UK Anti-Doping announces plans to test international Olympic athletes
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Wednesday, April 11, 2012

UK Anti-Doping announces plans to test international Olympic athletes

by Shane Stokes at 7:17 AM EST   comments
Categories: Pro Cycling, Doping
 
All nationalities will be liable for surprise testing once they are on UK soil

London OlympicsThe push to ensure the 2012 Olympic Games is as clean as possible has led to plans by UK Anti-Doping to examine not only athletes from that region, but also to target test international athletes as well.

The initiative was announced today, and will see any international athletes arriving to train, compete or stay in the United Kingdom being liable to out of competition tests. These will be in addition to those which will be carried out at the Games events.

UK Anti-Doping Chief Executive Andy Parkinson explained what it was trying to achieve. “For the past 12 months, UK Anti-Doping has been sending a strong message to national and international athletes likely to compete at London 2012; a message that the UK has one of the most advanced anti-doping systems in the world and that we will do all we can to protect clean athletes,” he stated.

“We have established a number of strong links with global partners and we can now use these to share information and pool resources. We are able to test any athlete on UK soil and we are utilising this right to help realise the UK’s ambition that London 2012 is the cleanest Games ever.”

Under the initiative, athletes will be liable to testing from the point they enter the UK. UK Anti-Doping has arranged with international federations and anti-doping organisations for information on the athletes to be provided to it, which means that targeted testing will be able to be carried out.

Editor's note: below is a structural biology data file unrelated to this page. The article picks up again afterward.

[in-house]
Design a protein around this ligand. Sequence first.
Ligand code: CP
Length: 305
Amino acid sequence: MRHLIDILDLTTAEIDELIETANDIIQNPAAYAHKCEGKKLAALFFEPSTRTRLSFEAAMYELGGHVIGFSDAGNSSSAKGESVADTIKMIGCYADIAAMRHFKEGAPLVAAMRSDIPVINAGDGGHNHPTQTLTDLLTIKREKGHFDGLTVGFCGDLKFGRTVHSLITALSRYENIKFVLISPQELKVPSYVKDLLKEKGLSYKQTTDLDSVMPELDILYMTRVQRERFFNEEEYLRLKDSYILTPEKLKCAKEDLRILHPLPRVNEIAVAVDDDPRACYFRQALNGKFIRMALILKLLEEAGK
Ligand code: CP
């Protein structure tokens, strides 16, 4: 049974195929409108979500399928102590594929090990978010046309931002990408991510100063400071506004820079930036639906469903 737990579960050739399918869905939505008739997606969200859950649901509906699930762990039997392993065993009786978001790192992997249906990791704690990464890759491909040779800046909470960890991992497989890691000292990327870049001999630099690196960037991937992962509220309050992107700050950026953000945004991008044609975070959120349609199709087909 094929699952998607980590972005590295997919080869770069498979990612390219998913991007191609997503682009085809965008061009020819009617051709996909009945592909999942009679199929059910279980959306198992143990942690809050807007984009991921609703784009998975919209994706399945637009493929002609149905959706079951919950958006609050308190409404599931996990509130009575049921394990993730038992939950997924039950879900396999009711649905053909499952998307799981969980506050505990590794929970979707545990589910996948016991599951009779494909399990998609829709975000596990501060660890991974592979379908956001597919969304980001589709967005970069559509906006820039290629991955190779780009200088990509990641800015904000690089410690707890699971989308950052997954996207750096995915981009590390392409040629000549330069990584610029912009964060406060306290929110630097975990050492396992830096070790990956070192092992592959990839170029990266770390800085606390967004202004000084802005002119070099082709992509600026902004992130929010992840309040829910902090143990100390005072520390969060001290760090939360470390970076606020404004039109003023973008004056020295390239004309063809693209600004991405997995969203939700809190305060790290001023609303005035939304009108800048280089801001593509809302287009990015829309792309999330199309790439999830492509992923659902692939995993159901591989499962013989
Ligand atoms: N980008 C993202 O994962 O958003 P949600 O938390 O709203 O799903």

Both WADA and the IOC have said that they welcome the move. UK Minister for Sport and the Olympics Hugh Robertson has echoed this. “We are doing all we can to ensure that there is no place to hide for drug cheats in this country. Information sharing across borders and a strong testing programme will help in this fight in the run up to London 2012 and beyond.”

The number of out of competition tests has not yet been announced, nor the extent of the funding made available to cover the costs.

In February UK Anti-Doping spoke about the general testing which will be carried out on British athletes competing in both the Olympics and Paralympics. It said that both blood and urine testing would be carried out, and that the majority would be ‘no-advance notice, out-of-competition tests,’ with others targeted at selection events.

It laid out a target of ensuring that every UK athlete would be tested at least once.

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